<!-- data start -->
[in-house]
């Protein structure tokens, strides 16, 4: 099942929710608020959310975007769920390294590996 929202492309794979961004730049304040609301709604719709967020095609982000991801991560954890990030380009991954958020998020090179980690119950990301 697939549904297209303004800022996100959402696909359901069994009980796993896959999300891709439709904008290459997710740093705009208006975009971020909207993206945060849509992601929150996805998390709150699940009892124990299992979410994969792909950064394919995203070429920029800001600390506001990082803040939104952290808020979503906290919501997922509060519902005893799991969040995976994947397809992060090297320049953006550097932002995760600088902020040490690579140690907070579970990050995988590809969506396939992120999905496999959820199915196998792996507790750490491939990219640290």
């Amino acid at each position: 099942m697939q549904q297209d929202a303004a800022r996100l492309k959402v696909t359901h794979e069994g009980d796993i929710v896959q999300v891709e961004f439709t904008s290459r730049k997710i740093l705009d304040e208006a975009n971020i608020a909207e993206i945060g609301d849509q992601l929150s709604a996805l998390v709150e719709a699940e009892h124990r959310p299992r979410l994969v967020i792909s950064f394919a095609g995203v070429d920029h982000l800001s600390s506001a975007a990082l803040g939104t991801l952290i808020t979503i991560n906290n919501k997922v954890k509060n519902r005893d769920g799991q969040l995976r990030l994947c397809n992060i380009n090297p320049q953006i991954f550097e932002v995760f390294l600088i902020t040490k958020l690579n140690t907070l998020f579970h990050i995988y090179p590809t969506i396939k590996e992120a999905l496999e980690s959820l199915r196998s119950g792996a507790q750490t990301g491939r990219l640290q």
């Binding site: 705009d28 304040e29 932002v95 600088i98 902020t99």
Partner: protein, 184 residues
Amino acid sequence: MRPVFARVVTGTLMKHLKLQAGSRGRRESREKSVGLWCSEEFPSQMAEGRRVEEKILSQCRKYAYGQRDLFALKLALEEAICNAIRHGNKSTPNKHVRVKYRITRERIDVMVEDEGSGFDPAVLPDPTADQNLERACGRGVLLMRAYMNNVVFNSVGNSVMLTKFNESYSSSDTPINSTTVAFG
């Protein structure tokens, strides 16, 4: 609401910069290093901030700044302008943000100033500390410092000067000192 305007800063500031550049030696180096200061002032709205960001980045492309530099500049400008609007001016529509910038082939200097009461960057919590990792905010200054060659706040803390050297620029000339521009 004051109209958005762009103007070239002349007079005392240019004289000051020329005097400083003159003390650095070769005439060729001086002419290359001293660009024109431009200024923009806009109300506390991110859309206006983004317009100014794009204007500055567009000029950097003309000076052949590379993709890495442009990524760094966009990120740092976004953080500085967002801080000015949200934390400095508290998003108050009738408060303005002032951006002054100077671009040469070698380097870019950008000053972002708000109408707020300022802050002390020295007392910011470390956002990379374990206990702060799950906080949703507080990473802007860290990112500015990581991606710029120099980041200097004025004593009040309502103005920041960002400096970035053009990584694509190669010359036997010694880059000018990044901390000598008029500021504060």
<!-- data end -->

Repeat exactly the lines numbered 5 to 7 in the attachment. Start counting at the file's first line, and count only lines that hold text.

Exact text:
Partner: protein, 184 residues
Amino acid sequence: MRPVFARVVTGTLMKHLKLQAGSRGRRESREKSVGLWCSEEFPSQMAEGRRVEEKILSQCRKYAYGQRDLFALKLALEEAICNAIRHGNKSTPNKHVRVKYRITRERIDVMVEDEGSGFDPAVLPDPTADQNLERACGRGVLLMRAYMNNVVFNSVGNSVMLTKFNESYSSSDTPINSTTVAFG
């Protein structure tokens, strides 16, 4: 609401910069290093901030700044302008943000100033500390410092000067000192 305007800063500031550049030696180096200061002032709205960001980045492309530099500049400008609007001016529509910038082939200097009461960057919590990792905010200054060659706040803390050297620029000339521009 004051109209958005762009103007070239002349007079005392240019004289000051020329005097400083003159003390650095070769005439060729001086002419290359001293660009024109431009200024923009806009109300506390991110859309206006983004317009100014794009204007500055567009000029950097003309000076052949590379993709890495442009990524760094966009990120740092976004953080500085967002801080000015949200934390400095508290998003108050009738408060303005002032951006002054100077671009040469070698380097870019950008000053972002708000109408707020300022802050002390020295007392910011470390956002990379374990206990702060799950906080949703507080990473802007860290990112500015990581991606710029120099980041200097004025004593009040309502103005920041960002400096970035053009990584694509190669010359036997010694880059000018990044901390000598008029500021504060």